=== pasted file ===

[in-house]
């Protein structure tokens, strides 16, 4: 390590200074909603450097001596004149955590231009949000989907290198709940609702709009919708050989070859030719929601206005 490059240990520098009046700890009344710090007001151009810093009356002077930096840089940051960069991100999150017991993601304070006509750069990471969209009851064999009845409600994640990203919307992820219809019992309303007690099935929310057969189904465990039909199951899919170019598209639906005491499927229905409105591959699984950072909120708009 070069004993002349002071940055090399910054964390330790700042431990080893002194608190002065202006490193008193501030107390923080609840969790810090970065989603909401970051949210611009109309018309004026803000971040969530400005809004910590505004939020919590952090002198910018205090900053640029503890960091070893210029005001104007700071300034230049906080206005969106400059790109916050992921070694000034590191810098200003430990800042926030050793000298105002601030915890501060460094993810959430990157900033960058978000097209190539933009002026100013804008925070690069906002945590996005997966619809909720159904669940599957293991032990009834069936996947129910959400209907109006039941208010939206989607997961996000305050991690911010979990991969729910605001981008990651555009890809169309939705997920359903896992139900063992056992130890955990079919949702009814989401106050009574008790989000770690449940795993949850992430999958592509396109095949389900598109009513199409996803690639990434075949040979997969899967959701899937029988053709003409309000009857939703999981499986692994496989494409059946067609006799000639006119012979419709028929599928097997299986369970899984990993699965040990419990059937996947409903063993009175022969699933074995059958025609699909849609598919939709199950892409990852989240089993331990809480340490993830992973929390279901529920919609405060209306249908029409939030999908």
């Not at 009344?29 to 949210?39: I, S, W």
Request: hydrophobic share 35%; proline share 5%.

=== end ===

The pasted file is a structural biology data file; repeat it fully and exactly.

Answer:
[in-house]
């Protein structure tokens, strides 16, 4: 390590200074909603450097001596004149955590231009949000989907290198709940609702709009919708050989070859030719929601206005 490059240990520098009046700890009344710090007001151009810093009356002077930096840089940051960069991100999150017991993601304070006509750069990471969209009851064999009845409600994640990203919307992820219809019992309303007690099935929310057969189904465990039909199951899919170019598209639906005491499927229905409105591959699984950072909120708009 070069004993002349002071940055090399910054964390330790700042431990080893002194608190002065202006490193008193501030107390923080609840969790810090970065989603909401970051949210611009109309018309004026803000971040969530400005809004910590505004939020919590952090002198910018205090900053640029503890960091070893210029005001104007700071300034230049906080206005969106400059790109916050992921070694000034590191810098200003430990800042926030050793000298105002601030915890501060460094993810959430990157900033960058978000097209190539933009002026100013804008925070690069906002945590996005997966619809909720159904669940599957293991032990009834069936996947129910959400209907109006039941208010939206989607997961996000305050991690911010979990991969729910605001981008990651555009890809169309939705997920359903896992139900063992056992130890955990079919949702009814989401106050009574008790989000770690449940795993949850992430999958592509396109095949389900598109009513199409996803690639990434075949040979997969899967959701899937029988053709003409309000009857939703999981499986692994496989494409059946067609006799000639006119012979419709028929599928097997299986369970899984990993699965040990419990059937996947409903063993009175022969699933074995059958025609699909849609598919939709199950892409990852989240089993331990809480340490993830992973929390279901529920919609405060209306249908029409939030999908």
């Not at 009344?29 to 949210?39: I, S, W």
Request: hydrophobic share 35%; proline share 5%.